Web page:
If the magnetic field H determined by the magnetic field determining means 80 is compensated for the temperature variation based on the temperature determined by the temperature determining means 82, the measuring error due to the temperature variation can be lowered to improve the measuring accuracy of the magnetic field H.

EXAMPLE 2

The Pockel's-effect element 38 was prepared from LiNbO3, and the temperature-sensitive element 62 was prepared from GaAs. By using these elements 38, 62, the measuring instrument of FIG. 6 adapted to determine the temperature T and voltage V was prepared.

The Pockel's-effect element 38 was oriented such that the Z axis of the crystal of the element 38 was parallel to the direction of propagation of the light beam. As indicated in FIG. 6, the electrodes 41, 41 were formed on the opposite faces (X-axis planes) of the element 38 which are opposed to each other in the direction perpendicular to the direction of propagation of the beam. The instrument used a light-emitting diode as the light source of the light-emitting portion 24, which is adapted to emit a light beam having a wavelength λ of 0.85 μm. A photodiode was used as the light-detective element of the light-detective portion 30.

The sensing head portion 14 of the thus constructed measuring instrument was subjected to the varying ambient temperature, and the temperature was determined based on the DC component selected by the detector 56. The measuring error of the temperature was found to be as small as ±5° C. Further, the voltage applied to the electrodes 41, 41 of the Pockel's-effect element 38 was changed, and the voltages were determined based on the outputs of the divider 60. The measuring error of the voltage V was found to be as small as ±0.01V.

EXAMPLE 3

The optical element 64 was prepared from Bi12 SiO20 having the Pockel's effect and the Faraday effect. By using this optical element 64, the instrument of FIG. 7 adapted to measure the temperature, voltage and magnetic field was prepared. The optical element 64 was oriented such that the [100] axis was parallel to the direction of propagation of the light beam. The length L of the element 64 in the direction of propagation of the beam was 4 mm. As shown in FIG. 7, the electrodes 41, 41 were formed on the opposite faces of the element 64 which are opposed to each other in the direction of propagation of the beam. The instrument used a light-emitting diode as the light source of the light-emitting portion 24, which is adapted to emit a light beam having a wavelength λ of 0.85 μm. A photodiode was used as the light-detective element of the light-detective portion 30.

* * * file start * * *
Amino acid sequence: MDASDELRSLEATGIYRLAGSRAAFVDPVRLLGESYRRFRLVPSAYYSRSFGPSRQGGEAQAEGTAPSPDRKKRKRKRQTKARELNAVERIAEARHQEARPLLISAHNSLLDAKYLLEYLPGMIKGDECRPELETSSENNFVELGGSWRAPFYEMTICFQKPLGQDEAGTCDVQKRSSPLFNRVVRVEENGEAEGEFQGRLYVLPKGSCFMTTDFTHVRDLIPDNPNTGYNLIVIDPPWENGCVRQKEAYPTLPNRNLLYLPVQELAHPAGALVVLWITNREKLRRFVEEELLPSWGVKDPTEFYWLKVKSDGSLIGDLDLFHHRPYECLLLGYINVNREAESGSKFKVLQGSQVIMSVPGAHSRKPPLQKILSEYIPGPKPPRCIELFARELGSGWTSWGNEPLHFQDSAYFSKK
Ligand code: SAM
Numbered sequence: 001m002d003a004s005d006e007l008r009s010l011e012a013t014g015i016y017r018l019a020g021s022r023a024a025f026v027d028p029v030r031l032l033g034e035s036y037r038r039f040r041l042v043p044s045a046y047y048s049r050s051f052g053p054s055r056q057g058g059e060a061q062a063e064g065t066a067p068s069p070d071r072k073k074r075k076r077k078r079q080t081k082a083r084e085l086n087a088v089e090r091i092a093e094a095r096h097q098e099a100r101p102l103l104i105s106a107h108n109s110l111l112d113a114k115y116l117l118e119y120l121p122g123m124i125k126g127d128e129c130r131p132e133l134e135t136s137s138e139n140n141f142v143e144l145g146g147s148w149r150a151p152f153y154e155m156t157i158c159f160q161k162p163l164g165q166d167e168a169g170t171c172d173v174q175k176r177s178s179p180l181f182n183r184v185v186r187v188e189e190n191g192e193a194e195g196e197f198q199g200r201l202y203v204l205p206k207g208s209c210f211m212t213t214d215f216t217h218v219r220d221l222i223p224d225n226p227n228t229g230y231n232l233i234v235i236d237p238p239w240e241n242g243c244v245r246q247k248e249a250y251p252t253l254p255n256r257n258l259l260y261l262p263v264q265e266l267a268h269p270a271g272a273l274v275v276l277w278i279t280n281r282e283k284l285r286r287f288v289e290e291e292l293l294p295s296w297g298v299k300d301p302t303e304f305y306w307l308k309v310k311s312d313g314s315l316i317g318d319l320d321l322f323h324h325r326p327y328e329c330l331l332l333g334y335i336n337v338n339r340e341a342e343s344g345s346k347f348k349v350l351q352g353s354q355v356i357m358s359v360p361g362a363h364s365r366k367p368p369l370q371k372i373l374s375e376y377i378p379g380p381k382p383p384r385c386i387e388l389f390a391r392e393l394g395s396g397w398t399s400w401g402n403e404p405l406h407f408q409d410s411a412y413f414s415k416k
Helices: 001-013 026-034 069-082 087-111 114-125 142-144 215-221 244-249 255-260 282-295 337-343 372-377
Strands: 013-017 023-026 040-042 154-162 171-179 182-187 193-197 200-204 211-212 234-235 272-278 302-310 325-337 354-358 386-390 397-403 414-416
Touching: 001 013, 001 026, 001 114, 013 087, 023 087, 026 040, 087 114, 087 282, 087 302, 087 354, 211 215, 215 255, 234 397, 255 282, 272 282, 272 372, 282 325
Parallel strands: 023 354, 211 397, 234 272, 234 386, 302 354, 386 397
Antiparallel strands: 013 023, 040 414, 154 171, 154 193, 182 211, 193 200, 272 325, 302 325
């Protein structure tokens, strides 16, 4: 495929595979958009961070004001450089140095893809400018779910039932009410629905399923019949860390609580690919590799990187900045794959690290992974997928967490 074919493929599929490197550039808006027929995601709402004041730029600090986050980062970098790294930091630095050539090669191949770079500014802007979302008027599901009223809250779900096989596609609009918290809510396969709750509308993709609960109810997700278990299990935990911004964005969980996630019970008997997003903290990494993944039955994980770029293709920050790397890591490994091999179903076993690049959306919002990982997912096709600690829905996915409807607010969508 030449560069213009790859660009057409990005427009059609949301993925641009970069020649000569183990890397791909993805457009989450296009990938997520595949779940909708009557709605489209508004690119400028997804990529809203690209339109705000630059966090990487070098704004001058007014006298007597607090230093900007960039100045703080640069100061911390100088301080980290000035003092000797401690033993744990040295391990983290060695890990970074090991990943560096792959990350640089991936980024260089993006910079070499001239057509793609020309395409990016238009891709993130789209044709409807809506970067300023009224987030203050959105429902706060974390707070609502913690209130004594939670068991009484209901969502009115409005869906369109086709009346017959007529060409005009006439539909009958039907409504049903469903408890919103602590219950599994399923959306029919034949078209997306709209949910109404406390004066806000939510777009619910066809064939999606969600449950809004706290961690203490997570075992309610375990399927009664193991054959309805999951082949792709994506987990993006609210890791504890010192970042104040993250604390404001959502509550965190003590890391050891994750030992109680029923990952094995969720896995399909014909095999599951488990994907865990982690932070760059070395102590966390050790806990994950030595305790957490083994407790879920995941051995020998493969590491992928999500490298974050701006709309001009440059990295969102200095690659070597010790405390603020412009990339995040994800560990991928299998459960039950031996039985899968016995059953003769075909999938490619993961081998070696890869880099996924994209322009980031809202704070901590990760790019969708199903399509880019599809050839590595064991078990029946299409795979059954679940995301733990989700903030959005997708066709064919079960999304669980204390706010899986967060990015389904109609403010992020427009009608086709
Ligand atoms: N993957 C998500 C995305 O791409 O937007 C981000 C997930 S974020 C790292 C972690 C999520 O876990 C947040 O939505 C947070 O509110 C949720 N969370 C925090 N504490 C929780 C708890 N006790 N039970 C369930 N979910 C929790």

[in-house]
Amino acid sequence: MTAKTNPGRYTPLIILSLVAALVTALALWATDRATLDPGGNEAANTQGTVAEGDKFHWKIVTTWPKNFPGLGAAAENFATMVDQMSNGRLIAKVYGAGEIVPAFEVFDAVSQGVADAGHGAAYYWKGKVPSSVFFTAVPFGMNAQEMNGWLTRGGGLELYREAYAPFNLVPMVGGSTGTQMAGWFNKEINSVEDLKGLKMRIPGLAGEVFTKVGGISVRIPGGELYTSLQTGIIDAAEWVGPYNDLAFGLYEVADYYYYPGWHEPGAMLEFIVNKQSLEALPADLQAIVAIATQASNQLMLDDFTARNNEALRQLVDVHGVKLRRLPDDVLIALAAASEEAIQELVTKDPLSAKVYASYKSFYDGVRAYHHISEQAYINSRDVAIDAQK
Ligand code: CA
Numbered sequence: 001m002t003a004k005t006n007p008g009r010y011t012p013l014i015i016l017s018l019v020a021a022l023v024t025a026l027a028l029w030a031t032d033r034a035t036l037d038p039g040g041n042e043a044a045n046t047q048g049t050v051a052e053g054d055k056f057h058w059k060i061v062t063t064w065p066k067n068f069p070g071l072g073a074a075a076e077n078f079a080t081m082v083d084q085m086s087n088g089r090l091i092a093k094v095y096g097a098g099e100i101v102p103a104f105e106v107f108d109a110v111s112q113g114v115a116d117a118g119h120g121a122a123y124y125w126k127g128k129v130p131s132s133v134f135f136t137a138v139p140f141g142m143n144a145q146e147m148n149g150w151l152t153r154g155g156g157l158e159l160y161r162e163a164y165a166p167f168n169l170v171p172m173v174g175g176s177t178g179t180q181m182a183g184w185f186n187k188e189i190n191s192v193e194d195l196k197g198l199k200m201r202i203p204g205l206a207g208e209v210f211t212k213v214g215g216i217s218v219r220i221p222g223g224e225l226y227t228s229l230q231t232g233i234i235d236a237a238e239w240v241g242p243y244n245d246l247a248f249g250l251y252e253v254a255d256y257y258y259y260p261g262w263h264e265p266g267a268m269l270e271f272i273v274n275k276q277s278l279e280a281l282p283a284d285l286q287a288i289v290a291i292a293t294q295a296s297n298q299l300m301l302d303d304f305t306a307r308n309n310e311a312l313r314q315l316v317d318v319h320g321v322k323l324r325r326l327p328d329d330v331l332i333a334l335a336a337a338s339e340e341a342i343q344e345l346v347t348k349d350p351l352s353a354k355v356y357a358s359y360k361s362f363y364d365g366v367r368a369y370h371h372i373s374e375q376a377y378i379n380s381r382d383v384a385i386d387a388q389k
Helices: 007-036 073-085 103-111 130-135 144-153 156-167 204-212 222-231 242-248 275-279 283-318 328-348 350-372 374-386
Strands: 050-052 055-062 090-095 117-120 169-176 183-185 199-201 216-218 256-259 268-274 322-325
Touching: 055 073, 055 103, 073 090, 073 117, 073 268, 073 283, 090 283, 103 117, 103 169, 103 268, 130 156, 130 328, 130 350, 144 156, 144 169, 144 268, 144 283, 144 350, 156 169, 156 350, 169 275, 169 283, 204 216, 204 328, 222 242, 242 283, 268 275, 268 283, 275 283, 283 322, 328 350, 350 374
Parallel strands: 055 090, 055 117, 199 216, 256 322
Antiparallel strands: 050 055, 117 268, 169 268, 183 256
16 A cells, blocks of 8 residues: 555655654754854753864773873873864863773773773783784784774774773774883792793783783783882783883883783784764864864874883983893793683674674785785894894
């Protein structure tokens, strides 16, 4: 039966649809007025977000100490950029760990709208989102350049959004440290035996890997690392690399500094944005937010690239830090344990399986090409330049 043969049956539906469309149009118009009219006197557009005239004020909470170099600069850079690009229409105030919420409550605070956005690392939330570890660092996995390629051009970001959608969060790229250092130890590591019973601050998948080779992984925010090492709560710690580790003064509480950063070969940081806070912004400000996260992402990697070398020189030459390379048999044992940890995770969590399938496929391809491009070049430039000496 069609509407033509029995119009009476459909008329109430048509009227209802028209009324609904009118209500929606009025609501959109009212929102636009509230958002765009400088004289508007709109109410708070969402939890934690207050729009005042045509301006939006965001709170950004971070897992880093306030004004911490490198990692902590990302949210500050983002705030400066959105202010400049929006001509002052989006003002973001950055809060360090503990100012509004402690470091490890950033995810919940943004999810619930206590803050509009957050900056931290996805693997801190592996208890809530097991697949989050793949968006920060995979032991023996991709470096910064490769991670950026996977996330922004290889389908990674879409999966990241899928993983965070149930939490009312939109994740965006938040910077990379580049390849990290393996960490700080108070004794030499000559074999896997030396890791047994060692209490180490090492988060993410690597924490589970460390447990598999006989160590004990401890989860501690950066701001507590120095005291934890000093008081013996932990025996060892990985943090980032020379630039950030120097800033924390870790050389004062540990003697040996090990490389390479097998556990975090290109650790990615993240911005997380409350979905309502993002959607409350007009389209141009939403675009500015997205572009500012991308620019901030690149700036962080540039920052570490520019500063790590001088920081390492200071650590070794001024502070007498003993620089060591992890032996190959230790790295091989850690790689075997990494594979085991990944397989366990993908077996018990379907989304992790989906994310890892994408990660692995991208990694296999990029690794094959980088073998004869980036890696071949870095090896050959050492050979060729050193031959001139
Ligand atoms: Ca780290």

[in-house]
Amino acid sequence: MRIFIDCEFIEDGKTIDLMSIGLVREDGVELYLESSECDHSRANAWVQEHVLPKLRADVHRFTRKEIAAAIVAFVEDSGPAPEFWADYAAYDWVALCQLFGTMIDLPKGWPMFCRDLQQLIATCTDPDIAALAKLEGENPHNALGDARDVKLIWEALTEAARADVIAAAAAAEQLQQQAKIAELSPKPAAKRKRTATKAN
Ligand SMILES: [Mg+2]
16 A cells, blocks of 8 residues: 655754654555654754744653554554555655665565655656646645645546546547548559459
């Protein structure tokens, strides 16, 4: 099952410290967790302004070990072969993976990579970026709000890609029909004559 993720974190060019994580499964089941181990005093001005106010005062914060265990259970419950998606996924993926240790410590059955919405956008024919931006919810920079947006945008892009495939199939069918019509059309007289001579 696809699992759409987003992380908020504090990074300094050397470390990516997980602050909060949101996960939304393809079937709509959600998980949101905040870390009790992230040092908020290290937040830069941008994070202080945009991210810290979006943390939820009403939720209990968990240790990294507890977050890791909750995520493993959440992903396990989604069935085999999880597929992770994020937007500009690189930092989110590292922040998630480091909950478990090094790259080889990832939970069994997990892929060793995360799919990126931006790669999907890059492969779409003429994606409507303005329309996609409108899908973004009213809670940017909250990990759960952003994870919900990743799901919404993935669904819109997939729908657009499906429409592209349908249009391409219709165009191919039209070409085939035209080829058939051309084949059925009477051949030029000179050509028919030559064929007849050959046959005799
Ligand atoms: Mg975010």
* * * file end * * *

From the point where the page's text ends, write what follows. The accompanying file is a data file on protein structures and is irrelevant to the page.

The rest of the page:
The temperature, magnetic field and voltage were measured by the instrument of FIG. 7. The measuring error was found to be as small as ±2° C. for the temperature, as small as ±0.1 Oe for the magnetic field, and as small as ±0.1V for the voltage.

EXAMPLE 4

A YIG single crystal of Tb replacement type was prepared in a solid reaction process. A variation of the Verdet's constant of the YIG crystal due to a change in the temperature was measured over the temperature range between -20° C. and 80° C. The variation was ±1%. The temperature dependence of the amount of light transmission through the YIG crystal was -0.1%/° C.

The YIG crystal was used as the optical element 37 of the sensing head portion 14 of FIG. 2. This sensing head portion 14 was used to prepare a measuring instrument which includes the detecting portion 56, 58, 60 of FIG. 5, for determining the temperature and magnetic field. The error of measurement of the temperature based on the output of the DC component detector 56 was as small as ±5° C., while the error of measurement of the magnetic field based on the output of the divider 60 was as small as ±0.05 Oe.

Claims (11)

What is claimed is:
1. An optical measuring instrument including a light-emitting portion for emitting a light beam, a sensing head portion through which said light beam is transmitted and which influences the transmitted light beam depending upon a physical quantity to be measured, a light-detective portion receiving the light beam transmitted through said sensing portion and producing an electric signal corresponding to the received light beam, and a detecting portion for selecting a component of said electric signal which changes with said physical quantity, to determine said physical quantity, wherein the improvement comprises:
said sensing head portion including thermo-optical changing means for changing a first component of said transmitted light beam with an ambient temperature, and electro-optical changing means, including a Pockel's effect element, for changing a second component of said transmitted light beam with an electric quantity;
said light-detective portion producing an electric signal having a first and a second component which correspond to said first and second components of said transmitted light beam, respectively;
said detecting portion including means for selecting said first component of said electric signal and thereby determining said ambient temperature, and means for selecting said second component of said electric signal and thereby determining said electric quantity.
2. An optical measuring instrument according to claim 1, wherein said thermo-optical changing means comprises means for changing a quantity of said light beam transmitted therethrough in response to a change in said ambient temperature.
3. An optical measuring instrument comprising:
a light-emitting portion for emitting a light beam;